(Host) A coalition of groups is using the political season to attack Governor Jim Douglas’ energy plan.
The state is supposed to update the plan every 10 years. But the groups say the latest draft lacks specifics and fails to aggressively promote renewable energy or transportation alternatives.
VPR’s John Dillon reports:
(Dillon) The draft energy plan was released in May. But with five weeks to go until the November election, groups that have clashed with the Douglas Administration on energy policy staged a joint news conference to criticize the document.
They say the plan fails to support large-scale wind projects or additional funding for energy conservation programs.
Elizabeth Courtney is executive director of the Vermont Natural Resources Council. She said the document is simply a plan to do more planning.
(Courtney) “We find this plan starkly lacks clear goals, and concrete strategies for implementation. We find that the plan falls far short of preparing Vermonters for a challenging energy future.”
(Dillon) The groups also took aim at what they said were deficiencies in transportation planning. Forty percent of the state’s greenhouse gas pollution comes from cars and trucks. Yet the groups said the plan offers little support for public transportation.
Christopher Kilian directs the Vermont office of the Conservation Law Foundation. He says the plan fails to adopt recommendations made by the governor’s own climate change commission.
(Kilian) “With regard to climate and energy use generally, the Douglas administration in this plan has not put anything new forward and has chosen to ignore the recommendations of the panel that was brought together by the Douglas administration to consider how we should move forward with regard to climate change impacts.”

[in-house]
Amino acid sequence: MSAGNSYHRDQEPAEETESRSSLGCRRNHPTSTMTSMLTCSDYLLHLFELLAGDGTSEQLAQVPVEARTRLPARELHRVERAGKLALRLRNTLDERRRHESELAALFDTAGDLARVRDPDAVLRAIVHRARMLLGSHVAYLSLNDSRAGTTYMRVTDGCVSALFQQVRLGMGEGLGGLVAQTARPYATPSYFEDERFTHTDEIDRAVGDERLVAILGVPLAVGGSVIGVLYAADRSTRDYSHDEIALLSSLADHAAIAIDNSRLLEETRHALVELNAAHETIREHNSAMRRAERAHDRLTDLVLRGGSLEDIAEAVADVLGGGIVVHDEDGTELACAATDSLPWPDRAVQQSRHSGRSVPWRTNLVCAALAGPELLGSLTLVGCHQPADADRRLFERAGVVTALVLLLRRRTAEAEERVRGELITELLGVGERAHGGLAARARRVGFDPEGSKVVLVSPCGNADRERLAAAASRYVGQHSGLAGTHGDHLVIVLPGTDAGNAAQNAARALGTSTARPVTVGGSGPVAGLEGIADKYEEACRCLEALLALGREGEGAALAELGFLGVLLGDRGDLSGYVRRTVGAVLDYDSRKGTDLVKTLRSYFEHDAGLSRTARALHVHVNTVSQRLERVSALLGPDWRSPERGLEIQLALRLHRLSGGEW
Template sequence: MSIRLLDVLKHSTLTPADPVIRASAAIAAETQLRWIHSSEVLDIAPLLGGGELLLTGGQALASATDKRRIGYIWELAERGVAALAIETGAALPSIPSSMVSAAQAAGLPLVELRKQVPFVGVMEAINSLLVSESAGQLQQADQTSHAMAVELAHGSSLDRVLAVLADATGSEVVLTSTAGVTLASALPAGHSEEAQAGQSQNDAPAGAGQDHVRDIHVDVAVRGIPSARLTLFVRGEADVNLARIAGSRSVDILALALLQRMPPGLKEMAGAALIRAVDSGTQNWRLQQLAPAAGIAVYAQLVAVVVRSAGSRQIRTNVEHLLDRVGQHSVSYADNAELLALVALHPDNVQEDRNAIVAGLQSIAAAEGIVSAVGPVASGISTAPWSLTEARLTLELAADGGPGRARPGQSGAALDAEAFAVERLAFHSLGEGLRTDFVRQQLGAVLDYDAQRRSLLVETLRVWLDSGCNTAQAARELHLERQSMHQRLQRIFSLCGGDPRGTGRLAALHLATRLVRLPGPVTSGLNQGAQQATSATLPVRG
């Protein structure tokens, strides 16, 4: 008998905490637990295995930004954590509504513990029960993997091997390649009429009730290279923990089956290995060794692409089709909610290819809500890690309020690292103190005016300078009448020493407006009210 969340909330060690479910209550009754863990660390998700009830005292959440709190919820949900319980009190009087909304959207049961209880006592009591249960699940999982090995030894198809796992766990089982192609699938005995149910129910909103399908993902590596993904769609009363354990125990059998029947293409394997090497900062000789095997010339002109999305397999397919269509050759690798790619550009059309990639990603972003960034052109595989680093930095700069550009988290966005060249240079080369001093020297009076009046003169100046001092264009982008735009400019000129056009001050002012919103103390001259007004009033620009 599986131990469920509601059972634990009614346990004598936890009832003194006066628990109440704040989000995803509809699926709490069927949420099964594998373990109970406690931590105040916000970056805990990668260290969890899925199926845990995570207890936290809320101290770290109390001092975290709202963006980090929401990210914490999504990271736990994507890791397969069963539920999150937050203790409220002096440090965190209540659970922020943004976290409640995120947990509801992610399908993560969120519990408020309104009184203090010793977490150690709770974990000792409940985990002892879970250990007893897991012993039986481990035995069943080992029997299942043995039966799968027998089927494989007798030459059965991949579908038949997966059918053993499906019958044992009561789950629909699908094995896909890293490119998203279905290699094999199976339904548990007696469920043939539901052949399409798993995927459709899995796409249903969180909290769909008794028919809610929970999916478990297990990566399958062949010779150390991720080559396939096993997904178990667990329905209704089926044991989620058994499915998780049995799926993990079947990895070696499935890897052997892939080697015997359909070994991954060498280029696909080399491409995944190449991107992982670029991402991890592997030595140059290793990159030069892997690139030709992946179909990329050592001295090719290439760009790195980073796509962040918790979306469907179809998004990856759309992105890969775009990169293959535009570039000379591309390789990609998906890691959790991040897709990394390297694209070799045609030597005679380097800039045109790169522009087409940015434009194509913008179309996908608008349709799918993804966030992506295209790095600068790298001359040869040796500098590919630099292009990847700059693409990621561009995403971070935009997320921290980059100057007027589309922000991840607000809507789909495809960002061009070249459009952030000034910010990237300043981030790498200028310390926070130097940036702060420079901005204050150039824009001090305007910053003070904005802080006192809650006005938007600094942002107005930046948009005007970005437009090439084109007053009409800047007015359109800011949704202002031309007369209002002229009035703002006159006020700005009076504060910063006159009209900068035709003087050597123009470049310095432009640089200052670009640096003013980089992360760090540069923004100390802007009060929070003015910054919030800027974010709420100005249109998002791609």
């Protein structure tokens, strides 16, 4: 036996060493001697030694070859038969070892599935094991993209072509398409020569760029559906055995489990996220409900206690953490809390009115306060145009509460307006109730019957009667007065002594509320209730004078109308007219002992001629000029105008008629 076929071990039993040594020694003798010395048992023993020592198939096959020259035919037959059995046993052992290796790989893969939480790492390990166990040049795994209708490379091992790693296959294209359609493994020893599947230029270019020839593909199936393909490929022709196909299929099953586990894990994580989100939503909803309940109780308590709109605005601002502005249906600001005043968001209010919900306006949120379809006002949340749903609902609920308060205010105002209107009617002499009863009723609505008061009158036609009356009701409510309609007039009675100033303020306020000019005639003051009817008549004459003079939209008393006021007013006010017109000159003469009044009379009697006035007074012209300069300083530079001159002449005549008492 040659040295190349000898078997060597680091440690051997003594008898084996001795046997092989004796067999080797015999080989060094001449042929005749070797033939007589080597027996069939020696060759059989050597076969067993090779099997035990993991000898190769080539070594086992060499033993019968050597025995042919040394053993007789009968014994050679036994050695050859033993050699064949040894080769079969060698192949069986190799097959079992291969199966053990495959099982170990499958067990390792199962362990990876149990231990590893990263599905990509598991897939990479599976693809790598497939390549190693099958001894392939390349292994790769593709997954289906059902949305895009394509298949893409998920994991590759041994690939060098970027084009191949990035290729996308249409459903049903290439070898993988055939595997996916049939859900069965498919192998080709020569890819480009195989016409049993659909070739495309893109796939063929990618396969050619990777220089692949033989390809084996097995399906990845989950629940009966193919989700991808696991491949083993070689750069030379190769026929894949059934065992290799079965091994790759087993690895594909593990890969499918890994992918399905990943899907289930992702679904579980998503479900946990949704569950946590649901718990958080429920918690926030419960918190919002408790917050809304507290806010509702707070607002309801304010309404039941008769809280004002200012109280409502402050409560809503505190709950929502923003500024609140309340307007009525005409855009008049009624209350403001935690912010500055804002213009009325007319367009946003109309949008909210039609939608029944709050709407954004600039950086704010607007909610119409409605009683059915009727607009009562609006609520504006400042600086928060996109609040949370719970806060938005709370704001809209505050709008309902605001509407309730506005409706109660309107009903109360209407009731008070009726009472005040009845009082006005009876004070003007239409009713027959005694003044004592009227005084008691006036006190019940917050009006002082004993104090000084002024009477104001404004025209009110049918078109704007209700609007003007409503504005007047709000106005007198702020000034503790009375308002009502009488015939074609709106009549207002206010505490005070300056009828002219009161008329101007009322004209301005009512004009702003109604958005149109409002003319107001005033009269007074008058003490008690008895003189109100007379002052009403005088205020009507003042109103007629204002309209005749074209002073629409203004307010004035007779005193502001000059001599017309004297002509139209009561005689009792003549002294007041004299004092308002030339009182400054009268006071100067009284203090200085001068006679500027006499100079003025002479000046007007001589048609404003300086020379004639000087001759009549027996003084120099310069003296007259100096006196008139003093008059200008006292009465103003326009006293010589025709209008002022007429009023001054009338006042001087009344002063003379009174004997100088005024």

(Dillon) The groups’ message is not new, and it’s similar to those delivered by Governor Douglas’ opponents in the political campaign. But the organizations say they did not coordinate their critique with Democrats.
Elizabeth Courtney of the Vermont Natural Resources Council said the news conference was held because the state is holding public hearings this week on the energy plan.
Steve Wark of the Department of Public Service defended the document. He said it combines 70 different initiatives and recommendations.
(Wark) “And those include carbon constraints, working with the vehicle fleet to change that where appropriate, efficiency, regional generation, replacing our existing contracts, and then, of course, the local development of distributed generation. So to say that this plan doesn’t have the substance really is kind of unfounded.”
(Dillon) Wark said the criticism of the energy plan reflects the agenda of some of the groups – which favor large scale wind development for Vermont. Governor Douglas has been skeptical of some of these projects.
For VPR News, I’m John Dillon in Montpelier.